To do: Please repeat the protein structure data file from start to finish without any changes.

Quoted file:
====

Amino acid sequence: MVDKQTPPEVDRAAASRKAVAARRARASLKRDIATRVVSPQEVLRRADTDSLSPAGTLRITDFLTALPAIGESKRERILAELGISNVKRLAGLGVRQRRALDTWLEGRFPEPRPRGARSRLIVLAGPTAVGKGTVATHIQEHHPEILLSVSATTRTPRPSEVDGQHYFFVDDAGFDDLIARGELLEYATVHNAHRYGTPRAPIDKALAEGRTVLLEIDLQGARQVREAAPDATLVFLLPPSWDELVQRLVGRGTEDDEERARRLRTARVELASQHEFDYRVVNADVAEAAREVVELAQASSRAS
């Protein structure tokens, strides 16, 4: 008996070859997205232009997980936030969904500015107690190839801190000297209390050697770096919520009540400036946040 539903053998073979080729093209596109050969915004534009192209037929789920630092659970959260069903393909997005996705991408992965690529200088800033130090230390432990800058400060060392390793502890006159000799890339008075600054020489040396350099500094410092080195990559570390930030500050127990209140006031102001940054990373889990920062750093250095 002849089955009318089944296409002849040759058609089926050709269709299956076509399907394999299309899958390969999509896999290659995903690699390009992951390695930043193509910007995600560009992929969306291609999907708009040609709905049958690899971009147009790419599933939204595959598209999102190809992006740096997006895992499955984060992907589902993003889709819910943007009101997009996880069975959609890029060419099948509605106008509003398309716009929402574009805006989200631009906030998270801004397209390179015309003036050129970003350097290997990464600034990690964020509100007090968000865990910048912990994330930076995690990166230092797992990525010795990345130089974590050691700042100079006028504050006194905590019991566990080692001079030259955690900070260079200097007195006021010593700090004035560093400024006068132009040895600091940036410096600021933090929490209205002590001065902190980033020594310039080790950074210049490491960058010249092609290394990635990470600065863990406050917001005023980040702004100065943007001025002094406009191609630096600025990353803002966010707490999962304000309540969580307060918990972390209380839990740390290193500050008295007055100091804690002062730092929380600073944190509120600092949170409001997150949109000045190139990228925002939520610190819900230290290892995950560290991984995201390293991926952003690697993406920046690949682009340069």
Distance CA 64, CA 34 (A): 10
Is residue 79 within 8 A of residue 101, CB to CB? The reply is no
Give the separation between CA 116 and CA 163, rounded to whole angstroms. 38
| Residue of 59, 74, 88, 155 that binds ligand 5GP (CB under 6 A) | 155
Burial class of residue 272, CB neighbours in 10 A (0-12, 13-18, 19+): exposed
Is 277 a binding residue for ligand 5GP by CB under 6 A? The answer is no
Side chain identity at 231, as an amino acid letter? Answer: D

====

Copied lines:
Amino acid sequence: MVDKQTPPEVDRAAASRKAVAARRARASLKRDIATRVVSPQEVLRRADTDSLSPAGTLRITDFLTALPAIGESKRERILAELGISNVKRLAGLGVRQRRALDTWLEGRFPEPRPRGARSRLIVLAGPTAVGKGTVATHIQEHHPEILLSVSATTRTPRPSEVDGQHYFFVDDAGFDDLIARGELLEYATVHNAHRYGTPRAPIDKALAEGRTVLLEIDLQGARQVREAAPDATLVFLLPPSWDELVQRLVGRGTEDDEERARRLRTARVELASQHEFDYRVVNADVAEAAREVVELAQASSRAS
């Protein structure tokens, strides 16, 4: 008996070859997205232009997980936030969904500015107690190839801190000297209390050697770096919520009540400036946040 539903053998073979080729093209596109050969915004534009192209037929789920630092659970959260069903393909997005996705991408992965690529200088800033130090230390432990800058400060060392390793502890006159000799890339008075600054020489040396350099500094410092080195990559570390930030500050127990209140006031102001940054990373889990920062750093250095 002849089955009318089944296409002849040759058609089926050709269709299956076509399907394999299309899958390969999509896999290659995903690699390009992951390695930043193509910007995600560009992929969306291609999907708009040609709905049958690899971009147009790419599933939204595959598209999102190809992006740096997006895992499955984060992907589902993003889709819910943007009101997009996880069975959609890029060419099948509605106008509003398309716009929402574009805006989200631009906030998270801004397209390179015309003036050129970003350097290997990464600034990690964020509100007090968000865990910048912990994330930076995690990166230092797992990525010795990345130089974590050691700042100079006028504050006194905590019991566990080692001079030259955690900070260079200097007195006021010593700090004035560093400024006068132009040895600091940036410096600021933090929490209205002590001065902190980033020594310039080790950074210049490491960058010249092609290394990635990470600065863990406050917001005023980040702004100065943007001025002094406009191609630096600025990353803002966010707490999962304000309540969580307060918990972390209380839990740390290193500050008295007055100091804690002062730092929380600073944190509120600092949170409001997150949109000045190139990228925002939520610190819900230290290892995950560290991984995201390293991926952003690697993406920046690949682009340069």
Distance CA 64, CA 34 (A): 10
Is residue 79 within 8 A of residue 101, CB to CB? The reply is no
Give the separation between CA 116 and CA 163, rounded to whole angstroms. 38
| Residue of 59, 74, 88, 155 that binds ligand 5GP (CB under 6 A) | 155
Burial class of residue 272, CB neighbours in 10 A (0-12, 13-18, 19+): exposed
Is 277 a binding residue for ligand 5GP by CB under 6 A? The answer is no
Side chain identity at 231, as an amino acid letter? Answer: D